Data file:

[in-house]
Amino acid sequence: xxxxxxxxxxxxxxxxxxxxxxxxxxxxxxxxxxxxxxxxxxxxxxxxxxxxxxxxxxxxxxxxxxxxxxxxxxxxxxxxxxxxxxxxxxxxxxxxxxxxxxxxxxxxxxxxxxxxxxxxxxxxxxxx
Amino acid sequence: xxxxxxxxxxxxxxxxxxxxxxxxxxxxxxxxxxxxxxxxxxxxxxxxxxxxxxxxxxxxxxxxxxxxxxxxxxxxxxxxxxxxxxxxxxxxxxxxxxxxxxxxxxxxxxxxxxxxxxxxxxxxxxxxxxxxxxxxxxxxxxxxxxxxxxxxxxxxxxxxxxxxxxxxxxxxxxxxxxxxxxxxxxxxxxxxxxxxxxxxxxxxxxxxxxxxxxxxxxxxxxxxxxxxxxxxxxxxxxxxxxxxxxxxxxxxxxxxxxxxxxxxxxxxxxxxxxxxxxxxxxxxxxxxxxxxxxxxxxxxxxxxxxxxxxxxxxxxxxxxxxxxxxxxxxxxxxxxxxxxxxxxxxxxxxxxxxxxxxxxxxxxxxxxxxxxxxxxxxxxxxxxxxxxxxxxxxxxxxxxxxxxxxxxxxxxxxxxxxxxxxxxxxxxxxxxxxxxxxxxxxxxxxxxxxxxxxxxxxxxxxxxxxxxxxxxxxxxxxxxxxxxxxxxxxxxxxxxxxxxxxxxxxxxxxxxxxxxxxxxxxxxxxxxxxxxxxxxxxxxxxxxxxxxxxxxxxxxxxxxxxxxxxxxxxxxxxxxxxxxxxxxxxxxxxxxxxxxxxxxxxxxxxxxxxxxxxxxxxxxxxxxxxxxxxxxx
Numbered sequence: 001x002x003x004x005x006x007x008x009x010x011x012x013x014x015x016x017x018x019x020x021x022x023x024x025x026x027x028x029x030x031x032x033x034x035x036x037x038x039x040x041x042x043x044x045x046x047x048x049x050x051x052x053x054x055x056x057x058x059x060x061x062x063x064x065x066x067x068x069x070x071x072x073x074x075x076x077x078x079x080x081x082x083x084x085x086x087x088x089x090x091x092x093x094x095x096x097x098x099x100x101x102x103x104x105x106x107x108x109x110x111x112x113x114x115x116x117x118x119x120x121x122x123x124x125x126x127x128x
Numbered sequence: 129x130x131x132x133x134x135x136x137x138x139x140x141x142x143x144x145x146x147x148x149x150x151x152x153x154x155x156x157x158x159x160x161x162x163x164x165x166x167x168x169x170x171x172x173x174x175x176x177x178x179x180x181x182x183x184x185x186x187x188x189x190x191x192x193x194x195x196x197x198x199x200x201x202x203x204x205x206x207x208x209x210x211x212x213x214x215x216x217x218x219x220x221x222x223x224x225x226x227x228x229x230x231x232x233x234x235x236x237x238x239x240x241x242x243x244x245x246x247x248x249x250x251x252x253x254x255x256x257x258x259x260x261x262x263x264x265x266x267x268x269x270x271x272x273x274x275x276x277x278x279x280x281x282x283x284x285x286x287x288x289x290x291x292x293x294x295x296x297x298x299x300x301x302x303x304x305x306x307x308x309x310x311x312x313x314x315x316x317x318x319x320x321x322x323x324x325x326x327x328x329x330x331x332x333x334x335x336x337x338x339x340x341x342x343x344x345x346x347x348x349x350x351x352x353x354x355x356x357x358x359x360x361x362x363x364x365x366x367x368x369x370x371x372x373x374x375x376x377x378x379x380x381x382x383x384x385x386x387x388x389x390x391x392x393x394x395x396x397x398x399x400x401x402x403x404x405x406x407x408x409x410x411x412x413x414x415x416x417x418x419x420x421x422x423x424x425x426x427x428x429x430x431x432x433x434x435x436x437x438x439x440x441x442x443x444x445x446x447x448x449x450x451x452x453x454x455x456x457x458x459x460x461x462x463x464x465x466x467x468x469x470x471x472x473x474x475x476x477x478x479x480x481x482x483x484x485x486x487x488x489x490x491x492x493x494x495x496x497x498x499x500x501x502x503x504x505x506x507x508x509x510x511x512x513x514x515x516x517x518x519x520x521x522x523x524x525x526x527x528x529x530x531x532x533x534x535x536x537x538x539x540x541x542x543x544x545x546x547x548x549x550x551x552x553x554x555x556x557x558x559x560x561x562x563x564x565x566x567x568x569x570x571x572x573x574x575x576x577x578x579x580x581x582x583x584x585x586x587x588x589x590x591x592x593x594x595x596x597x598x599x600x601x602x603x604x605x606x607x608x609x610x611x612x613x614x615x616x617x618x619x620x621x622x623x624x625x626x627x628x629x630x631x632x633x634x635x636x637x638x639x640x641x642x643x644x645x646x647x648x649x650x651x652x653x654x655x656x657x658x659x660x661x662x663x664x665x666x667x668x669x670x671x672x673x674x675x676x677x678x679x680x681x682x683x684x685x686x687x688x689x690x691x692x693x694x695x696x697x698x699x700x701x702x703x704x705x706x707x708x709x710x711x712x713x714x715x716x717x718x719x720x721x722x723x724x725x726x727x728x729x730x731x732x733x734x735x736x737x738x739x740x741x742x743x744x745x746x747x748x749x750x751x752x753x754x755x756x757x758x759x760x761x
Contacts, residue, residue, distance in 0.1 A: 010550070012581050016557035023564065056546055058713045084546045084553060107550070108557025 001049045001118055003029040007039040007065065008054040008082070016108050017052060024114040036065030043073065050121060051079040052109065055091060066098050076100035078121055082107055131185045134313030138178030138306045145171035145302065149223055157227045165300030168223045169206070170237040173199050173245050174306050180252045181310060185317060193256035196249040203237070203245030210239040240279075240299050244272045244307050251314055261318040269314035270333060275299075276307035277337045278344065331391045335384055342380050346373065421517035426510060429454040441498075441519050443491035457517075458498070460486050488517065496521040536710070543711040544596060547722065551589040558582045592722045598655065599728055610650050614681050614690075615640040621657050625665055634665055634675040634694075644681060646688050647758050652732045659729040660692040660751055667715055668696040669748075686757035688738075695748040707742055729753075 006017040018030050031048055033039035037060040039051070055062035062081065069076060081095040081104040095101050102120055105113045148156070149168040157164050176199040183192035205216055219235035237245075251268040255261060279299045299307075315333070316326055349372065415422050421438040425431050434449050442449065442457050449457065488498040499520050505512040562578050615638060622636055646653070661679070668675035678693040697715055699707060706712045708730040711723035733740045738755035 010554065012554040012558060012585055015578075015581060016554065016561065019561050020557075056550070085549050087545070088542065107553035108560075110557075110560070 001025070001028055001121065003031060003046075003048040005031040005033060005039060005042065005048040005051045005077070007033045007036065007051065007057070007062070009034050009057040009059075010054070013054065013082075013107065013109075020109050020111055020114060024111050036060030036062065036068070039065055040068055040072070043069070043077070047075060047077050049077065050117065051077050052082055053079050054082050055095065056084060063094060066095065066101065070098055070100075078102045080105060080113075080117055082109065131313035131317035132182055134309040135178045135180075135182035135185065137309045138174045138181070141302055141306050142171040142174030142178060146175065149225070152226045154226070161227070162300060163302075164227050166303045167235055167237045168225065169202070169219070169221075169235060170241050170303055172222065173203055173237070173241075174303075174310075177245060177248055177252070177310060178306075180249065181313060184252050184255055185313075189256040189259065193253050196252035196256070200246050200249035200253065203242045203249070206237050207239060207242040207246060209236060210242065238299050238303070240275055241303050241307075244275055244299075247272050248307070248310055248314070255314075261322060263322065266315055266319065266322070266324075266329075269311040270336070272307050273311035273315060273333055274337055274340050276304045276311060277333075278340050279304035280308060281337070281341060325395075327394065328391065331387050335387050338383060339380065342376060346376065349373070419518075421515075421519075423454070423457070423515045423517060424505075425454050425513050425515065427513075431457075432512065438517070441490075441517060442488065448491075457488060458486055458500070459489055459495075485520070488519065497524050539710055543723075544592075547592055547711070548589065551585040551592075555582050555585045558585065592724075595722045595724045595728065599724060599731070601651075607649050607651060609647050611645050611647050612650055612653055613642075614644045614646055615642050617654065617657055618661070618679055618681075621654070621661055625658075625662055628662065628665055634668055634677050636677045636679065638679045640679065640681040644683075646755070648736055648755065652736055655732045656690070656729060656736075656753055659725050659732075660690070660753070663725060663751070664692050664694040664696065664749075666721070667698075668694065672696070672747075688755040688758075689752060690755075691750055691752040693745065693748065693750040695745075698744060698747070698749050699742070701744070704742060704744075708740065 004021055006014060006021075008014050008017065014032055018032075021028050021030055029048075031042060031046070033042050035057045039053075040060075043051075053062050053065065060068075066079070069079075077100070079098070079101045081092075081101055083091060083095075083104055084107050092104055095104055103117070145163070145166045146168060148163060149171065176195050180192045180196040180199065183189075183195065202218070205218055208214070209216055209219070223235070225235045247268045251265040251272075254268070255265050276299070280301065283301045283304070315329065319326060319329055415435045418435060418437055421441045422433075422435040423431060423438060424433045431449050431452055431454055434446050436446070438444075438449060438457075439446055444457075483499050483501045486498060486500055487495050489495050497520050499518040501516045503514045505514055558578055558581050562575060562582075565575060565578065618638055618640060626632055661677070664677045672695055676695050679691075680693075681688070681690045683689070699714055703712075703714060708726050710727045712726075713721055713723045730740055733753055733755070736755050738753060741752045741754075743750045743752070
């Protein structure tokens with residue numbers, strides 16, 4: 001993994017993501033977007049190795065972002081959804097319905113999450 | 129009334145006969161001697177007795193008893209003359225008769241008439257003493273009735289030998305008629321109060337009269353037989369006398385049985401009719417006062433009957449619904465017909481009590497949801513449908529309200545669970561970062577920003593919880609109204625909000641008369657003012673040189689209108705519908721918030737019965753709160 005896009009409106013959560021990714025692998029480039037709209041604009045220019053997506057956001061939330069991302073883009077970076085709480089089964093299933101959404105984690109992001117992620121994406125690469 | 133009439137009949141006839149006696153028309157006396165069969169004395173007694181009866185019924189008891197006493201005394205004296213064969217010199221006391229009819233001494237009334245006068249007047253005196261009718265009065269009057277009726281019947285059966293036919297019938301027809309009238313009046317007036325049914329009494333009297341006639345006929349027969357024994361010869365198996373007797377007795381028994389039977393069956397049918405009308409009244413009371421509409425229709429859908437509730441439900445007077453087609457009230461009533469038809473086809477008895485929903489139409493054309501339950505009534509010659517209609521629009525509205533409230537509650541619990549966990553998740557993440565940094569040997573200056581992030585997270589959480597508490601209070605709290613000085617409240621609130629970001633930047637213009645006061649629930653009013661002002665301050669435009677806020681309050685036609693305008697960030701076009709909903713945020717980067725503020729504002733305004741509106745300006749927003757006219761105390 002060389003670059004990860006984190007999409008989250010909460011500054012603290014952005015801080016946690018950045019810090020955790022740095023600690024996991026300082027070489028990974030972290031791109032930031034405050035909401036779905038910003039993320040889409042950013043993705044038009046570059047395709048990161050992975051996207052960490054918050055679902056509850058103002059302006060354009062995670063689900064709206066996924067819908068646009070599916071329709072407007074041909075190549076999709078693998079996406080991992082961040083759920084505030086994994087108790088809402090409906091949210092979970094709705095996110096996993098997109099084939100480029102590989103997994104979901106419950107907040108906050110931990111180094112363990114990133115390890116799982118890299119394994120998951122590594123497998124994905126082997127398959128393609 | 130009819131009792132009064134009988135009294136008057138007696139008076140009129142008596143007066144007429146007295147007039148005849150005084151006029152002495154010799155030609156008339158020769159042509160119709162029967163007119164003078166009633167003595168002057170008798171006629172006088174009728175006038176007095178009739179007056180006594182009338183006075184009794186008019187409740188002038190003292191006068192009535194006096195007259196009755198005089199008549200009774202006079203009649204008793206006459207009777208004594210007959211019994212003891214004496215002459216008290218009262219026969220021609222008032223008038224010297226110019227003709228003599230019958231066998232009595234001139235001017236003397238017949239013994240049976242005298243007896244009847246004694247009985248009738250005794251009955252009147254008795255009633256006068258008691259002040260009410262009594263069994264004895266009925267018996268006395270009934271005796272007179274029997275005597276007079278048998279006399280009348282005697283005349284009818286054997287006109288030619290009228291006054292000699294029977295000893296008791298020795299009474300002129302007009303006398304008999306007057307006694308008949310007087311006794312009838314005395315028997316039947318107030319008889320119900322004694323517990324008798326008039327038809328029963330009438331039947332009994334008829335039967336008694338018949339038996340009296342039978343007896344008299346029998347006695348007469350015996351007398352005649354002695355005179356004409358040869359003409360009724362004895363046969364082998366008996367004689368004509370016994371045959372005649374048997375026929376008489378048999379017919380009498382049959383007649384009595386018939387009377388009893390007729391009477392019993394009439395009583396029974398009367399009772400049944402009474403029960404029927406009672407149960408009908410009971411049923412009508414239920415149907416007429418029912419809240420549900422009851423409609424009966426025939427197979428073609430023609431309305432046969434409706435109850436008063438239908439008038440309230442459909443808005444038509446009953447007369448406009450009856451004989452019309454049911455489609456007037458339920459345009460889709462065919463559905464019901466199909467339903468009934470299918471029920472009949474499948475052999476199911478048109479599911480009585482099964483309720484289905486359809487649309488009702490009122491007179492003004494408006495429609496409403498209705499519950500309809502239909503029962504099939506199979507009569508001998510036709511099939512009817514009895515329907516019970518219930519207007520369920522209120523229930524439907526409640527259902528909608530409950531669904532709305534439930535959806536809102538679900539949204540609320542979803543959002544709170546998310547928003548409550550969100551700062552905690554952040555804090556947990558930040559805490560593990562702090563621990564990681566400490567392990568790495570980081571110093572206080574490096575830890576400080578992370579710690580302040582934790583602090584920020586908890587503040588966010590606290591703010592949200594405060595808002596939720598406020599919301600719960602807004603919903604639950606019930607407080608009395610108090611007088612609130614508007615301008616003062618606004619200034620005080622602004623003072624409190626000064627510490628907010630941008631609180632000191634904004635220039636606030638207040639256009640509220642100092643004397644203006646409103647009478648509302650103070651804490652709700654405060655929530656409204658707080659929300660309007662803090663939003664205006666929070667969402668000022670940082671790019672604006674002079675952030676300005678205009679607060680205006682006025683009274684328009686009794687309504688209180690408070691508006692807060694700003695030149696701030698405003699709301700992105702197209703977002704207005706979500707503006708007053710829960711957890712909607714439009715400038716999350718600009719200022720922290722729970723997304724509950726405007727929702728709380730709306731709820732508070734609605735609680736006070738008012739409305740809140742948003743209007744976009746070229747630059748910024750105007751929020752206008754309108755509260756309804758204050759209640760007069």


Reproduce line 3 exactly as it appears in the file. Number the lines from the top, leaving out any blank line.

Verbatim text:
Amino acid sequence: xxxxxxxxxxxxxxxxxxxxxxxxxxxxxxxxxxxxxxxxxxxxxxxxxxxxxxxxxxxxxxxxxxxxxxxxxxxxxxxxxxxxxxxxxxxxxxxxxxxxxxxxxxxxxxxxxxxxxxxxxxxxxxxxxxxxxxxxxxxxxxxxxxxxxxxxxxxxxxxxxxxxxxxxxxxxxxxxxxxxxxxxxxxxxxxxxxxxxxxxxxxxxxxxxxxxxxxxxxxxxxxxxxxxxxxxxxxxxxxxxxxxxxxxxxxxxxxxxxxxxxxxxxxxxxxxxxxxxxxxxxxxxxxxxxxxxxxxxxxxxxxxxxxxxxxxxxxxxxxxxxxxxxxxxxxxxxxxxxxxxxxxxxxxxxxxxxxxxxxxxxxxxxxxxxxxxxxxxxxxxxxxxxxxxxxxxxxxxxxxxxxxxxxxxxxxxxxxxxxxxxxxxxxxxxxxxxxxxxxxxxxxxxxxxxxxxxxxxxxxxxxxxxxxxxxxxxxxxxxxxxxxxxxxxxxxxxxxxxxxxxxxxxxxxxxxxxxxxxxxxxxxxxxxxxxxxxxxxxxxxxxxxxxxxxxxxxxxxxxxxxxxxxxxxxxxxxxxxxxxxxxxxxxxxxxxxxxxxxxxxxxxxxxxxxxxxxxxxxxxxxxxxxxxxxxxx